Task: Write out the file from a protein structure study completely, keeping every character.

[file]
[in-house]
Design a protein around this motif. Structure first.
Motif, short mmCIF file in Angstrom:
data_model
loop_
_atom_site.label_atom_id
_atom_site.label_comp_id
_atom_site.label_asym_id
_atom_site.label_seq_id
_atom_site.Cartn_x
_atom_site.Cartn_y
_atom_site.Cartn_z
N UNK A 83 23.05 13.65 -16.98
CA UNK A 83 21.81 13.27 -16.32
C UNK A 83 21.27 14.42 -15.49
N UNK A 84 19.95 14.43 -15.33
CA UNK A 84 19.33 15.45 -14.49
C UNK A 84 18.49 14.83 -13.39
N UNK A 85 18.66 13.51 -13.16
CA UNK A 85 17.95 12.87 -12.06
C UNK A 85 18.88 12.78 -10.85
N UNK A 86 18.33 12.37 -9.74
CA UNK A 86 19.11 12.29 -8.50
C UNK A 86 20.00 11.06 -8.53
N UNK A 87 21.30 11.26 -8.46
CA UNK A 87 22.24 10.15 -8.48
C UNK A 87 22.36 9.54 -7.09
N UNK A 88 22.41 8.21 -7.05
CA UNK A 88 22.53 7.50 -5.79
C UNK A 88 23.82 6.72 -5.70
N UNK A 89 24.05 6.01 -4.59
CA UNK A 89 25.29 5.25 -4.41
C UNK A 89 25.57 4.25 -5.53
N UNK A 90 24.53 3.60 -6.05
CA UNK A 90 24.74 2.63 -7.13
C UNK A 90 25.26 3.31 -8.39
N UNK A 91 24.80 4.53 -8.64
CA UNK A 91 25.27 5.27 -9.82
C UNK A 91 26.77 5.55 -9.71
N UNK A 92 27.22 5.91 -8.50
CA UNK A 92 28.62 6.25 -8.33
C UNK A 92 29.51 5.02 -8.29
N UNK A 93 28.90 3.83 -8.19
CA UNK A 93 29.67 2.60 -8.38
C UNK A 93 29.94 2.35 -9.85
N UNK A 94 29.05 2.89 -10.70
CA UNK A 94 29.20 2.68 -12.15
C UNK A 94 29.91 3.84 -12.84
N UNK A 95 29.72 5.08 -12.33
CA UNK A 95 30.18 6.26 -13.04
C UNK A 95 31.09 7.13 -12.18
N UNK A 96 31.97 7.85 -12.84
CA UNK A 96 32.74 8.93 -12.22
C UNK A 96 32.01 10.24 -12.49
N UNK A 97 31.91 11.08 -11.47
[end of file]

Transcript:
[in-house]
Design a protein around this motif. Structure first.
Motif, short mmCIF file in Angstrom:
data_model
loop_
_atom_site.label_atom_id
_atom_site.label_comp_id
_atom_site.label_asym_id
_atom_site.label_seq_id
_atom_site.Cartn_x
_atom_site.Cartn_y
_atom_site.Cartn_z
N UNK A 83 23.05 13.65 -16.98
CA UNK A 83 21.81 13.27 -16.32
C UNK A 83 21.27 14.42 -15.49
N UNK A 84 19.95 14.43 -15.33
CA UNK A 84 19.33 15.45 -14.49
C UNK A 84 18.49 14.83 -13.39
N UNK A 85 18.66 13.51 -13.16
CA UNK A 85 17.95 12.87 -12.06
C UNK A 85 18.88 12.78 -10.85
N UNK A 86 18.33 12.37 -9.74
CA UNK A 86 19.11 12.29 -8.50
C UNK A 86 20.00 11.06 -8.53
N UNK A 87 21.30 11.26 -8.46
CA UNK A 87 22.24 10.15 -8.48
C UNK A 87 22.36 9.54 -7.09
N UNK A 88 22.41 8.21 -7.05
CA UNK A 88 22.53 7.50 -5.79
C UNK A 88 23.82 6.72 -5.70
N UNK A 89 24.05 6.01 -4.59
CA UNK A 89 25.29 5.25 -4.41
C UNK A 89 25.57 4.25 -5.53
N UNK A 90 24.53 3.60 -6.05
CA UNK A 90 24.74 2.63 -7.13
C UNK A 90 25.26 3.31 -8.39
N UNK A 91 24.80 4.53 -8.64
CA UNK A 91 25.27 5.27 -9.82
C UNK A 91 26.77 5.55 -9.71
N UNK A 92 27.22 5.91 -8.50
CA UNK A 92 28.62 6.25 -8.33
C UNK A 92 29.51 5.02 -8.29
N UNK A 93 28.90 3.83 -8.19
CA UNK A 93 29.67 2.60 -8.38
C UNK A 93 29.94 2.35 -9.85
N UNK A 94 29.05 2.89 -10.70
CA UNK A 94 29.20 2.68 -12.15
C UNK A 94 29.91 3.84 -12.84
N UNK A 95 29.72 5.08 -12.33
CA UNK A 95 30.18 6.26 -13.04
C UNK A 95 31.09 7.13 -12.18
N UNK A 96 31.97 7.85 -12.84
CA UNK A 96 32.74 8.93 -12.22
C UNK A 96 32.01 10.24 -12.49
N UNK A 97 31.91 11.08 -11.47